Key Signs Of Alcohol Overdose

by | Published on Aug 11, 2021 | Alcohol Addiction | 0 comments

Key signs of an alcohol overdose

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What do beer and wine have in common with heroin, meth, marijuana, or even cocaine? Although the drinks are legal and the other substances are markedly not, all of them are powerful mind-altering drugs that have the potential to result in an overdose. Yes, you can overdose on alcohol, and there’s a very fine line between being severely drunk and a lethal level of intoxication. Knowing the key signs of an alcohol overdose can make all the difference in how a person will fare this potentially life-threatening event. 

 

What Is An Alcohol Overdose?

An alcohol overdose, also known as alcohol poisoning, is a deadly side effect of heavy drinking that requires immediate medical attention when it occurs. When alcohol enters the body more quickly than it can be processed out, the amount of alcohol in the blood becomes too much for the body to handle. This toxic blood affects the brainstem, effectively shutting down the body’s most vital components: the brain and the central nervous system which controls all the autonomic functions that keep us alive such as breathing and a heartbeat.

 

Key Signs Of Alcohol Overdose

When alcohol consumption is at the point of being toxic and potentially lethal, there are several distinguishing symptoms. Recognizing them is essential to determining the difference between someone being really intoxicated or suffering from something much more serious. In addition to all the symptoms of severe alcohol intoxication, a person undergoing an alcohol overdose will also exhibit the following:

  • Damp and clammy skin. Alcohol can seriously interfere with the body’s cardiovascular function and when this happens, your body decreases blood flow from limbs and appendages to vital organs. As a result, body temperature may drop and the lack of blood to the extremities can make a person appear bluish or exceptionally pale. 
  • Very slow or irregular heartbeat. Alcohol’s depressive effects can slow heart function to dangerous levels. However, a sudden drop in body temperature can also cause the heartbeat to slow. If the heart stops completely and goes into cardiac arrest) a person may lose consciousness. Additionally, the lack of blood flow can cause other organs and other parts of the body to die.
  • Slowed or stopped breathing. The respiratory system is another that’s managed by the central nervous system. Severe impairment can result in a person breathing fewer than eight breaths per minute or with pauses of 10 or more seconds between each breath.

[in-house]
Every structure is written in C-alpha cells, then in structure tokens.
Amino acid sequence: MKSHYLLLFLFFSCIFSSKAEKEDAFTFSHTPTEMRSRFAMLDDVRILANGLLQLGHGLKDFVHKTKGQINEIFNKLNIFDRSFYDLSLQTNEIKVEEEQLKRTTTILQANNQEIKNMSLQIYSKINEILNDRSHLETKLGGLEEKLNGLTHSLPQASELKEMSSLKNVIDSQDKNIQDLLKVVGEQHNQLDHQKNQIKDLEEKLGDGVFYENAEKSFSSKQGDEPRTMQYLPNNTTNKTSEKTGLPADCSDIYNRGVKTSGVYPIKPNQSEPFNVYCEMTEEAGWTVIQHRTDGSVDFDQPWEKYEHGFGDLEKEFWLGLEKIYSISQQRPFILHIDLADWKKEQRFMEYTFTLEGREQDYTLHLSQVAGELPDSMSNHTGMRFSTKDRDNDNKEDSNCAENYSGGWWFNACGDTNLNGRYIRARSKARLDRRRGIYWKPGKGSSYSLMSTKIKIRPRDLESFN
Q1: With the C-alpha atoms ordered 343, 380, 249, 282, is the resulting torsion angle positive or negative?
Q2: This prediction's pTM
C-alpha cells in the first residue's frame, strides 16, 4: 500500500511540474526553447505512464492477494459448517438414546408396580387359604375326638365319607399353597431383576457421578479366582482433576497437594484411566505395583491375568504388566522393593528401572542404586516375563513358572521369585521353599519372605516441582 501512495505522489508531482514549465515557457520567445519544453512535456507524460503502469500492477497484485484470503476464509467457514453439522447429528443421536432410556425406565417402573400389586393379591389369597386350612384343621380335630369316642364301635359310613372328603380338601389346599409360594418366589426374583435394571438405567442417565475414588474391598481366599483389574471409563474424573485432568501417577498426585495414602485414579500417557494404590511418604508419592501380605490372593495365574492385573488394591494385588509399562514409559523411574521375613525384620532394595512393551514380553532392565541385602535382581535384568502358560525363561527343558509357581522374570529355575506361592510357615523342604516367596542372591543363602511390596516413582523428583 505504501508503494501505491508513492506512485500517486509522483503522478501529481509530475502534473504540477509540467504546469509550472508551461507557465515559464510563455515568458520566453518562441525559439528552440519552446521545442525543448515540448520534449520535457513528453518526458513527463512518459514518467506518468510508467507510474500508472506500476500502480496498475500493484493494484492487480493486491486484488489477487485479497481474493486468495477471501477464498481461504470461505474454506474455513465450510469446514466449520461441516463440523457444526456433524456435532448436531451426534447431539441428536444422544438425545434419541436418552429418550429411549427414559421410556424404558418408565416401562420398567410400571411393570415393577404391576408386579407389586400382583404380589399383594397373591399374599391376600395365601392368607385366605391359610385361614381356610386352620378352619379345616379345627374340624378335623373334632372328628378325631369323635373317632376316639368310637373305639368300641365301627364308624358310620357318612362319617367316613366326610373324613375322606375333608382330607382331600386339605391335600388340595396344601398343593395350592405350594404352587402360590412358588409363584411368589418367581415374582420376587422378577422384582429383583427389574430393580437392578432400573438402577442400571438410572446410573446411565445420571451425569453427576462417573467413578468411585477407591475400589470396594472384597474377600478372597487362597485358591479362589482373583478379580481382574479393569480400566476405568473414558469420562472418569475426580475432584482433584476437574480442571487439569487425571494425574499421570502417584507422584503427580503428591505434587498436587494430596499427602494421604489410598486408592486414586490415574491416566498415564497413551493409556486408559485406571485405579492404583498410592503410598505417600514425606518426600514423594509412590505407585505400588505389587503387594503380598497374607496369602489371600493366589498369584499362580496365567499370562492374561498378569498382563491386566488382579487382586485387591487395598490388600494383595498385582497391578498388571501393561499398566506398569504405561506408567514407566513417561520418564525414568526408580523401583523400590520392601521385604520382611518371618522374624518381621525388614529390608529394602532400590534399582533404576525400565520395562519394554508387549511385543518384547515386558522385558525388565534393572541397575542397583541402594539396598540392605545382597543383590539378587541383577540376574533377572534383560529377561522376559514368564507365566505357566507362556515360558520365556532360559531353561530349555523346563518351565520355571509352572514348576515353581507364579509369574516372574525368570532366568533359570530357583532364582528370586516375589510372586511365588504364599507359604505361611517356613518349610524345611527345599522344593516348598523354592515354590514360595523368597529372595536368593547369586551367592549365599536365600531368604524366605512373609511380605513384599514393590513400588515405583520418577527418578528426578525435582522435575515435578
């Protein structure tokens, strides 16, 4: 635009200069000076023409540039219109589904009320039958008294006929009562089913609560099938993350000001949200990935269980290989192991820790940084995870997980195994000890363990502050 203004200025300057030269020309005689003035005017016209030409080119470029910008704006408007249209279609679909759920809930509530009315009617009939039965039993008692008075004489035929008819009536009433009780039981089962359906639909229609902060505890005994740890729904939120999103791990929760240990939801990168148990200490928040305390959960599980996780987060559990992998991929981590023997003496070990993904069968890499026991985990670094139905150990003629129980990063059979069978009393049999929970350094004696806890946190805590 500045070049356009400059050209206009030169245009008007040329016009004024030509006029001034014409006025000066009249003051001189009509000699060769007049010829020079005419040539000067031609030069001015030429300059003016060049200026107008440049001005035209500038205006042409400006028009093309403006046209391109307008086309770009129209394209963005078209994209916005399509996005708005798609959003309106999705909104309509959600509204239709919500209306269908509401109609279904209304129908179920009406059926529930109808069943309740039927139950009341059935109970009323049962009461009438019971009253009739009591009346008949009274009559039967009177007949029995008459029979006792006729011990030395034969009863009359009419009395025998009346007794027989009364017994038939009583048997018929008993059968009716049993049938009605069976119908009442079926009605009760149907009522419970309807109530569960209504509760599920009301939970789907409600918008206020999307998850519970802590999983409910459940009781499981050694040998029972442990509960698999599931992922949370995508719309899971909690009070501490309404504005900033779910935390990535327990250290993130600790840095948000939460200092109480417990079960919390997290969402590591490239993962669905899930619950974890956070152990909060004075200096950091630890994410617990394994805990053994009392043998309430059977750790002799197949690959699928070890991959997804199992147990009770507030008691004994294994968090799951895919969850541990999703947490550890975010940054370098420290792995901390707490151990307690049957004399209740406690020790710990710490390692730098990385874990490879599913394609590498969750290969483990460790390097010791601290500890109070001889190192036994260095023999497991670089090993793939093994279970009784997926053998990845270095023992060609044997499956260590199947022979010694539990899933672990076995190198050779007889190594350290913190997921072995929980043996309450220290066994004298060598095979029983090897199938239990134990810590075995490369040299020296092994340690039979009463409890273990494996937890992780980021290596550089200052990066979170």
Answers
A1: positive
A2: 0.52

• Unresponsive or loss of consciousness. The individual may appear conscious but unresponsive to stimuli. They might also go in and out of consciousness, which may look like they’re constantly falling asleep and struggling to stay awake. This is a result of alcohol’s effects on the brainstem and cerebrum, which are involved in consciousness and alertness. 
  • Vomiting and choking. When the liver breaks down alcohol, it results in a byproduct called acetaldehyde. This compound is toxic and irritates the stomach lining, resulting in vomiting. This becomes extremely dangerous as alcohol poisoning can affect gag reflex, and increasing the risk of choking. 
  • Seizures. A rarer and one of the most severe side effects of alcohol overdosing. Alcohol-induced epilepsy has been known to occur in heavy, binge drinkers and those undergoing alcohol withdrawal. 

 

Causes of Alcohol Overdose

Alcohol is a central nervous system depressant. It slows down the reaction time between the neurotransmitters, hormones, and their receptors that are responsible for the vital bodily functions that keep us alive as well as basic cognitive capabilities. The result of this impairment is the standard drunken behaviors (loss of coordination and memory, impaired judgment and reaction time, slurred speech, etc.). The more we drink, the greater the effects of these impairments.

Alcohol overdoses occur when the intoxication level is severe, typically when blood alcohol concentration levels exceed 0.25 (that’s more than three times higher than the legal limit to drive intoxicated!). However, as there are a number of factors that can affect how much alcohol our bodies can tolerate such as age, metabolism, muscle content, and gender, there’s no set BAC level and can vary by the individual.

If you think your drinking habits may be abnormal and not within healthy limits, learn more about the signs of alcohol dependence and addiction and how to determine if you have a drinking problem. August is Overdose Awareness Month and it’s a troubling issue that’s increasing each year. Don’t let yourself become a statistic, get control of your drinking today. 

Written by: Tyler Fordham

Written by: Tyler Fordham

Tyler is a writer with dual degrees from the University of South Florida. Having grown up with an alcoholic father, she understands both the subtle and not-so-subtle ways that addiction can affect the family unit. This Miami native has become a champion of mental health and an active believer in the power of positive thinking. When she isn't at the beach, Tyler enjoys running, jigsaw puzzles, and snuggling with her cat, Poof.

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